Even though we can agree with Le Compte that his way of practicing medicine is ideal, we never see how a decadent population could drag itself away from screens and scarfing pre-prepared slop to overcome themselves, let alone a corrupt ruling class.
So the end will come, I think. But when?
Here’s it’s anyone’s guess. I made this one before: they elevate Gruesome Newsom and he turns tyrant, causing the over-centralization. He has, one must acknowledge, been performing beautifully lately. And there is no chance Biden is allowed any length of office next election. They may let him win and then disappear him right after, but I don’t give this much weight.
Gruesome Newsom may only be the false prophet who heralds the arrival of something far worse. He will not lead a coup, for instance, but he, or someone, will suspend elections or announce unfavorable ones are null and void. The military will almost be ill used by the Regime. And may even be employed, selectively, against election “deniers”. That’s when the real coup happens.
The end may not be as close as it appears. Decadence, after all, is rarely a linear, straight drop. Instead, it’s like a ski hill with moguls. Lots of little upward swings embedded in a slippery slope. The small rises give false hope that things will get better eventually. They will not.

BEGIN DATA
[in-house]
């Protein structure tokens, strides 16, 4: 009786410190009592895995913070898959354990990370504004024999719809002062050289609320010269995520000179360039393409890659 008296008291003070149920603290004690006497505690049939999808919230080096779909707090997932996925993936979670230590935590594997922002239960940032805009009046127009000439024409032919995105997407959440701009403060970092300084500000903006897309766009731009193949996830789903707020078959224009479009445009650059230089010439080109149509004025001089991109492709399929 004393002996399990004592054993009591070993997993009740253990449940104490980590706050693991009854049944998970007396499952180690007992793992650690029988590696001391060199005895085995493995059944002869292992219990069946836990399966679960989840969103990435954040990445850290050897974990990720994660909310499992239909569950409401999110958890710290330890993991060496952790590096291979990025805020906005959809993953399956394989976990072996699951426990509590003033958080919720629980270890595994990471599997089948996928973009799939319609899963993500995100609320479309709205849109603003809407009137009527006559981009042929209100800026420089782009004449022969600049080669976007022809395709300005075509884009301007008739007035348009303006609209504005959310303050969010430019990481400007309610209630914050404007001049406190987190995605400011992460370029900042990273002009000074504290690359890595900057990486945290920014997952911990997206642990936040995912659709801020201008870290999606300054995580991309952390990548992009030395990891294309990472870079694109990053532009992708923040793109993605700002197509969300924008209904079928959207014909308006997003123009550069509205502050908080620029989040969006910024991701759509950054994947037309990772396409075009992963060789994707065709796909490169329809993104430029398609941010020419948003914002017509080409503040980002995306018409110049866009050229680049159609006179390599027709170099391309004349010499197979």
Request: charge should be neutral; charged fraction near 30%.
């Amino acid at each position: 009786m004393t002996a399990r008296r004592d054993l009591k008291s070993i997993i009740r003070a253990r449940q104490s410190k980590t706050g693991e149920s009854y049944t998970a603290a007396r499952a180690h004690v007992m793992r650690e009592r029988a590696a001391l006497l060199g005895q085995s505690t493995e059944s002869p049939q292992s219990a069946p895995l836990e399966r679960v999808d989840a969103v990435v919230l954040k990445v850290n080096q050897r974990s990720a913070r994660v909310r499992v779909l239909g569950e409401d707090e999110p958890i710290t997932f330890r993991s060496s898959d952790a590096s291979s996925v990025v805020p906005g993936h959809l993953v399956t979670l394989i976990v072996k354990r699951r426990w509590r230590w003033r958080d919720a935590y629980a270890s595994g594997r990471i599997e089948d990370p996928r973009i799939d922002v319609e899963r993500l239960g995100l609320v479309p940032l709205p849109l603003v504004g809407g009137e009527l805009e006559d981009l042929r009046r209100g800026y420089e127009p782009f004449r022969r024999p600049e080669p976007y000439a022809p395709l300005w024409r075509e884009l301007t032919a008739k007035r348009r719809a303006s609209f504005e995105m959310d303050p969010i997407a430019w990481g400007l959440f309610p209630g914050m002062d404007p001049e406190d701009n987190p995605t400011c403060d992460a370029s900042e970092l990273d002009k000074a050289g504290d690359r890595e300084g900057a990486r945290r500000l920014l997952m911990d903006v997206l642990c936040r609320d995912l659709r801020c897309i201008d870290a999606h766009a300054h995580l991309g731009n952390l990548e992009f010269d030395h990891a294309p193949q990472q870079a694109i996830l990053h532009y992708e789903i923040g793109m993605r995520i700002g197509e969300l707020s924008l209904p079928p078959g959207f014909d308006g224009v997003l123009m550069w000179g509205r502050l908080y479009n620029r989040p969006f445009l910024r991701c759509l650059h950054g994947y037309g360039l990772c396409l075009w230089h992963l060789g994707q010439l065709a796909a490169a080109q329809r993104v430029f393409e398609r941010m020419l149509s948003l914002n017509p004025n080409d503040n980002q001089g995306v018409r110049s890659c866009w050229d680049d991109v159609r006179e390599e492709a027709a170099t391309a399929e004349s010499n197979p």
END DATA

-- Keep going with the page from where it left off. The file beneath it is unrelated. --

Still, if Parkinson and Le Compte are right, it would seem we need a bit more stewing before we’re done. We have not yet reached full centralization, for instance, but there is nothing stopping it, either. Plus, the American empire is big, which makes predicting how it will fall hideously difficult.
I welcome all your ideas.
Parkinson wrote another book on the subject, The Evolution of Political Thought, in which he fleshes out the shape of the tyrannies take given their starting points. More or less a disquisition on Aristotle’s theory of how democracies birth tyrants so easily. I reviewed it here.